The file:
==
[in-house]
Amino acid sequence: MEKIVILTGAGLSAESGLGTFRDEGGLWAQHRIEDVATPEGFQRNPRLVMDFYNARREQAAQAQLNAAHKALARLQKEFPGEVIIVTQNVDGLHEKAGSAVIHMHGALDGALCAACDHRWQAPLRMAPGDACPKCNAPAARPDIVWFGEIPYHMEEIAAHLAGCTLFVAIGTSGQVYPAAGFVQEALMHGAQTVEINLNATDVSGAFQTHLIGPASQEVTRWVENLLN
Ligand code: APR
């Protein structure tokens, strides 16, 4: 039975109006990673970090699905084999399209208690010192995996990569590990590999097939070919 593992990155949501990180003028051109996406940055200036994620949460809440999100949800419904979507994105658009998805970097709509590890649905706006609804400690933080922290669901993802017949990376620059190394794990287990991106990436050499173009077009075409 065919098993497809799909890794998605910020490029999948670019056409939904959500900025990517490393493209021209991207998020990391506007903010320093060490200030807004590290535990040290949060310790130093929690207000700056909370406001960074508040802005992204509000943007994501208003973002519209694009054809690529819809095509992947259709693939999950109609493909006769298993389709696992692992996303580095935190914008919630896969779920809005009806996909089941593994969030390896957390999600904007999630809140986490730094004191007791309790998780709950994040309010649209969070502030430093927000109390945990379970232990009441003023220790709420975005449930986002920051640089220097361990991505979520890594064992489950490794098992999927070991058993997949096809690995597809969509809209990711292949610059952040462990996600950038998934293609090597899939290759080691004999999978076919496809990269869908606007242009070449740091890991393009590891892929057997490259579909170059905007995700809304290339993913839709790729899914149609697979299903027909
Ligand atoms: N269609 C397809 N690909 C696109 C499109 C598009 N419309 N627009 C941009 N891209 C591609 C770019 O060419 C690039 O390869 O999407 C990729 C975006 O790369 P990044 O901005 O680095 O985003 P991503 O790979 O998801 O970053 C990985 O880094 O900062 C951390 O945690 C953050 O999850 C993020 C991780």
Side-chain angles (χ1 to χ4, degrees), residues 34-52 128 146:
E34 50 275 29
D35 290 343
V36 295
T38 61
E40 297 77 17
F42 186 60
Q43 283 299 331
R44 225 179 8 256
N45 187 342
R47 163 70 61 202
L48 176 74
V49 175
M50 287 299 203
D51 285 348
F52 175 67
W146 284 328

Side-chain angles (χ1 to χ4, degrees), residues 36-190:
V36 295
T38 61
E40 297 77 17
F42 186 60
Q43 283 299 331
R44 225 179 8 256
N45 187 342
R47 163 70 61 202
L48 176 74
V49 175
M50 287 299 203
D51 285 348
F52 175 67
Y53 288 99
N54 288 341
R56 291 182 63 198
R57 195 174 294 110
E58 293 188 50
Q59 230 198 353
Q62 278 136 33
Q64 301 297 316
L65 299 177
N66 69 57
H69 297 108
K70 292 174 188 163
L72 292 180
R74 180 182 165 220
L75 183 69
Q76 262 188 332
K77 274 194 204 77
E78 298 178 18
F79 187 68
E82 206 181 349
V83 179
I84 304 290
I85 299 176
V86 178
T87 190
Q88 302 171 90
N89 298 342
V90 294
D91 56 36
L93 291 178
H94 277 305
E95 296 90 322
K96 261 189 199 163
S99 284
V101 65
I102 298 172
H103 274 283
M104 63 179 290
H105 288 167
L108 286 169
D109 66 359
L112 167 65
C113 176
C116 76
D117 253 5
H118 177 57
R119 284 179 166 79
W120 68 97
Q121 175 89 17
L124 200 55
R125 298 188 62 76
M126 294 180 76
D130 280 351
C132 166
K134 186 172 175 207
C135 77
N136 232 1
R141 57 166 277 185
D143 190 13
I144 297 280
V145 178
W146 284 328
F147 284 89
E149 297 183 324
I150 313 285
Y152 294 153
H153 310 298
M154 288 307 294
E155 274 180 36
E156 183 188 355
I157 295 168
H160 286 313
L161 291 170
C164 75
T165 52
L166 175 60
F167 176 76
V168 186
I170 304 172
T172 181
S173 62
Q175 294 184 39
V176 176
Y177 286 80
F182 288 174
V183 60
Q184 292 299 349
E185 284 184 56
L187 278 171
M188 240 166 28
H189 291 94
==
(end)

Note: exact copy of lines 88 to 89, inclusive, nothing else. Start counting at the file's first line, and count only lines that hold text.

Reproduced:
M126 294 180 76
D130 280 351